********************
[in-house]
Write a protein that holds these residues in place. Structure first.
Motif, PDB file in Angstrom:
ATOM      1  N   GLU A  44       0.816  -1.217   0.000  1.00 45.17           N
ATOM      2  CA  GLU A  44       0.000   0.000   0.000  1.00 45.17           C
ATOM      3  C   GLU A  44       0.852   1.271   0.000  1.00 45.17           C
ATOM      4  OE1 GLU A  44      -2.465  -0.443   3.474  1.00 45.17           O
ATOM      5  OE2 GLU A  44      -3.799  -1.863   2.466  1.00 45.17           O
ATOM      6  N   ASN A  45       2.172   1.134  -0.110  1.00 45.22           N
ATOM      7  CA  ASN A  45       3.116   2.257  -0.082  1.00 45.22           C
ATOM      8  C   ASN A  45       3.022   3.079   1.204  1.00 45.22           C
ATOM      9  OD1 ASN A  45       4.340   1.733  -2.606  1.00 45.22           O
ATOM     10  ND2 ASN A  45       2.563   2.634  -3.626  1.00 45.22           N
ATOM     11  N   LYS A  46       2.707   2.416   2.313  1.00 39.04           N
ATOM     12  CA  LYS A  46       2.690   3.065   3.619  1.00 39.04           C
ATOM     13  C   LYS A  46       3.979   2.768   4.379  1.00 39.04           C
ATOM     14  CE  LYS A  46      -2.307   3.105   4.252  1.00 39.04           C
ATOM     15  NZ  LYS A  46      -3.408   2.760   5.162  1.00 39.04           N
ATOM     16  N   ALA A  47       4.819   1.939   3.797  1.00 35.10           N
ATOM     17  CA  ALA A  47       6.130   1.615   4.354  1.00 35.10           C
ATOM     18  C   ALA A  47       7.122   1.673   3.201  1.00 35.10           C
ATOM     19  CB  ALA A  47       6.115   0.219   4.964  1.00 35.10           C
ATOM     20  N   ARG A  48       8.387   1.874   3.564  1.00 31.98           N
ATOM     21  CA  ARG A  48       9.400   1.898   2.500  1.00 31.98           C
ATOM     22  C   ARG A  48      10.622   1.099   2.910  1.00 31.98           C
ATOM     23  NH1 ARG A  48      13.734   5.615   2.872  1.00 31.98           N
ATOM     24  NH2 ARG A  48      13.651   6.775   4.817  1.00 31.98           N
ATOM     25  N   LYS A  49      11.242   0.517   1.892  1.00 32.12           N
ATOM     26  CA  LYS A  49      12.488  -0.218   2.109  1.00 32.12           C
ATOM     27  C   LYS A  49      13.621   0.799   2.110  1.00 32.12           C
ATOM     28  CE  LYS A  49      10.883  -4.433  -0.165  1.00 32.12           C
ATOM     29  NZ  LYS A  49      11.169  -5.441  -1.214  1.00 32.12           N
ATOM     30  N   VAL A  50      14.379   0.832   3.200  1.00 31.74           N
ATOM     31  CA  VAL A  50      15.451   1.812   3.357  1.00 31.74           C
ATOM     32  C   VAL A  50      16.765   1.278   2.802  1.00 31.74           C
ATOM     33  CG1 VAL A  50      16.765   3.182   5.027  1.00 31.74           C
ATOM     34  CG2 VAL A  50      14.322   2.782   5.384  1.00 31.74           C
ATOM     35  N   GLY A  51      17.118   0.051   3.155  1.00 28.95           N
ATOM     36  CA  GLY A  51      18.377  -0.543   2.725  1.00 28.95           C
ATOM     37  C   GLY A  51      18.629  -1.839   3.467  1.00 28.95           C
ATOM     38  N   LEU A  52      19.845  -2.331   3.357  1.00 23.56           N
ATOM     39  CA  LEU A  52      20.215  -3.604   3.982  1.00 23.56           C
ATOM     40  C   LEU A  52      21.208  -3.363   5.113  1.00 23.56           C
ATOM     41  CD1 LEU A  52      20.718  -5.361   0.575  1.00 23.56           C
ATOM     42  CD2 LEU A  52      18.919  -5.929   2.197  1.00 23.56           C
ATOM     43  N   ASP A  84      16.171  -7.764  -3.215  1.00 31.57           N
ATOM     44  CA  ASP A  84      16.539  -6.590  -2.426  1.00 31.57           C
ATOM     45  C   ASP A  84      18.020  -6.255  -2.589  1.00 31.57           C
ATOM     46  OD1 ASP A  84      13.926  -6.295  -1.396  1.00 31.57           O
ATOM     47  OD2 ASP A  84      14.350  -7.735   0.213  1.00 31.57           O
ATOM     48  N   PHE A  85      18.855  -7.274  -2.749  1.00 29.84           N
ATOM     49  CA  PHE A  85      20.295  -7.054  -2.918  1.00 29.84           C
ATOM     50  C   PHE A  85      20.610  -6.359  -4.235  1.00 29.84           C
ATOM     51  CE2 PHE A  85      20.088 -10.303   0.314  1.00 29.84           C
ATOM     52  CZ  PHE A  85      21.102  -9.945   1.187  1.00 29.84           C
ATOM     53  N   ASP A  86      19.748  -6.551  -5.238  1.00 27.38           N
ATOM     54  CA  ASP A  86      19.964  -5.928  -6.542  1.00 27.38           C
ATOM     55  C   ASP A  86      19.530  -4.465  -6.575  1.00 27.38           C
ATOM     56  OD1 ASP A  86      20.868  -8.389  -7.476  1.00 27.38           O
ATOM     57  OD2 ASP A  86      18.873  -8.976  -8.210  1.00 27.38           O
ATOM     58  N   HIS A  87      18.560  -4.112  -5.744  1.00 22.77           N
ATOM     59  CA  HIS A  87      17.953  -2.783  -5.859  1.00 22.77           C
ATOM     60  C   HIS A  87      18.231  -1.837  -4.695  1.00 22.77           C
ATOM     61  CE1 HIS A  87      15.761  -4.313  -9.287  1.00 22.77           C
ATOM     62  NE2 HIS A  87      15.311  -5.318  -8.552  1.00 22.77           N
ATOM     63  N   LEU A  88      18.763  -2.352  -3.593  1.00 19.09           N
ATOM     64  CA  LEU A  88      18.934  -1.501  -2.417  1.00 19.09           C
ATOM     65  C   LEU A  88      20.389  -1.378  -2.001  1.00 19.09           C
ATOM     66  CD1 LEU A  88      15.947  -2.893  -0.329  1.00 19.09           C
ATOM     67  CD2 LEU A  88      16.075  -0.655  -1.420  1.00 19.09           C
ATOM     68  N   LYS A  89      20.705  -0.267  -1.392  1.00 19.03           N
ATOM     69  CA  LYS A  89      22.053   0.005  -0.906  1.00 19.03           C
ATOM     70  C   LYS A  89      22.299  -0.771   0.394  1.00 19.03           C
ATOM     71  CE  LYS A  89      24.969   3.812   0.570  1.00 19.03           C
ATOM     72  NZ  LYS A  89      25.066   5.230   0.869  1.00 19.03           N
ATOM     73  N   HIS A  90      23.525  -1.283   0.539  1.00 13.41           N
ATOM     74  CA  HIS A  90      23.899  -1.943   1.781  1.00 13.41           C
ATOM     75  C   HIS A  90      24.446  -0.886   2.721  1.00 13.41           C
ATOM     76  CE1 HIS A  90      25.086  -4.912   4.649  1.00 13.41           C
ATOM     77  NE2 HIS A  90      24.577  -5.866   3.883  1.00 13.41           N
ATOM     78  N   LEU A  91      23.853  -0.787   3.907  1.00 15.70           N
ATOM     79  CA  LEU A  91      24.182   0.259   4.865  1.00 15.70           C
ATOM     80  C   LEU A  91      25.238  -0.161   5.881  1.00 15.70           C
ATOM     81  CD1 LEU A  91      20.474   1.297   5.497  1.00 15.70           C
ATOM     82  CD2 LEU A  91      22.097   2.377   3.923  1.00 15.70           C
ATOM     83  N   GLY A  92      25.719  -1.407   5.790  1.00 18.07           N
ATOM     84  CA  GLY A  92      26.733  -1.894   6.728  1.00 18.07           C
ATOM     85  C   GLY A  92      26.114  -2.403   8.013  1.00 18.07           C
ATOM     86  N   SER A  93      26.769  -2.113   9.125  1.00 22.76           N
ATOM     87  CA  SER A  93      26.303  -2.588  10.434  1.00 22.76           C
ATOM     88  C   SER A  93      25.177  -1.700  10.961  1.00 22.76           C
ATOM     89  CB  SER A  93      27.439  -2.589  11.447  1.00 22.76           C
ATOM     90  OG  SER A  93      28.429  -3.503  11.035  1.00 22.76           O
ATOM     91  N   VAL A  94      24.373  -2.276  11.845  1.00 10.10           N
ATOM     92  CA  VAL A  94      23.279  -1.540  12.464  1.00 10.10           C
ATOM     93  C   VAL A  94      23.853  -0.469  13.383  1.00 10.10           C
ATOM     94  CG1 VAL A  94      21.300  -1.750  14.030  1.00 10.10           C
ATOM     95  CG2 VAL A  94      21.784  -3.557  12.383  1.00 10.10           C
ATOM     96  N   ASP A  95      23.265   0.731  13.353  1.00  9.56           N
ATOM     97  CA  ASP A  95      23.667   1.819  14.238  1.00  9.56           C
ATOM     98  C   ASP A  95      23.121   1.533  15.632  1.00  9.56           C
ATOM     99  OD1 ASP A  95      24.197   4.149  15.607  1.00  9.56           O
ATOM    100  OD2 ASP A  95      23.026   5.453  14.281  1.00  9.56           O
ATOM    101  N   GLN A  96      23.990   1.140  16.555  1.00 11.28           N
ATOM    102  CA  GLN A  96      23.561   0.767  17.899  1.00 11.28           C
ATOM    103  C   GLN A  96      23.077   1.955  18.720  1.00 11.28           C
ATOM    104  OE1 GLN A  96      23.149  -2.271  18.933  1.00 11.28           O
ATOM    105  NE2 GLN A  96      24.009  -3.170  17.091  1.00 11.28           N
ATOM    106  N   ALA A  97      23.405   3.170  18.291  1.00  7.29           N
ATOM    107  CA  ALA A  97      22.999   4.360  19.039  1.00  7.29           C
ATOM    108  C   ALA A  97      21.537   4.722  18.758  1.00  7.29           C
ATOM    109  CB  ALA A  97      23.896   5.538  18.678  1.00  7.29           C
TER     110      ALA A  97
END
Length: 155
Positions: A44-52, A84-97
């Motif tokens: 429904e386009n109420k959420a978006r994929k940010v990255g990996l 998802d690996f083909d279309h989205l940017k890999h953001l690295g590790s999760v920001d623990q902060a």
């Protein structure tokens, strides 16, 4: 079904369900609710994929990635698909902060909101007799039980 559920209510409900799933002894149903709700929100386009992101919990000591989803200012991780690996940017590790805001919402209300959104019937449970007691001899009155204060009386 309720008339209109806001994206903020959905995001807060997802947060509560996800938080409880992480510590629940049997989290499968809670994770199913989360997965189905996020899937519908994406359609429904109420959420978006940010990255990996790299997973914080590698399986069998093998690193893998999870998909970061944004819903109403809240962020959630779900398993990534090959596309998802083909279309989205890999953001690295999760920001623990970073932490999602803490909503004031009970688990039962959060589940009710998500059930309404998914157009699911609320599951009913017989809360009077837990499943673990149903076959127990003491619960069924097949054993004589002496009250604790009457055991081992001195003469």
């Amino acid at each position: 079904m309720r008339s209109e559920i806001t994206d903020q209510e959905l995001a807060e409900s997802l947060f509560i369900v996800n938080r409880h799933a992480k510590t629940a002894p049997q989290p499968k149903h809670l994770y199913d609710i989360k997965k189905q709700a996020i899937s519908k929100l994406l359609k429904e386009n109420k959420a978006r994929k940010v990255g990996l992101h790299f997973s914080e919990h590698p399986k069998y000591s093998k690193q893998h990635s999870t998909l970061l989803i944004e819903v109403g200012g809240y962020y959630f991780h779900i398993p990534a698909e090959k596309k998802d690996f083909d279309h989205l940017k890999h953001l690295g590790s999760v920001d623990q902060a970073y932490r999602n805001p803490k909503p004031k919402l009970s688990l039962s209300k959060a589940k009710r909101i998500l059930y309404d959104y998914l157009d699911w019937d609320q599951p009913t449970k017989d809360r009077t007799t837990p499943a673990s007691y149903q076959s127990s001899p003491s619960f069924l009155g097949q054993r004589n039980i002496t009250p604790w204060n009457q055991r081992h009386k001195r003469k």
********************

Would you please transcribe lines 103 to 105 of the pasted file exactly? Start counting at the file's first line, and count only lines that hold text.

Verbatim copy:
ATOM    100  OD2 ASP A  95      23.026   5.453  14.281  1.00  9.56           O
ATOM    101  N   GLN A  96      23.990   1.140  16.555  1.00 11.28           N
ATOM    102  CA  GLN A  96      23.561   0.767  17.899  1.00 11.28           C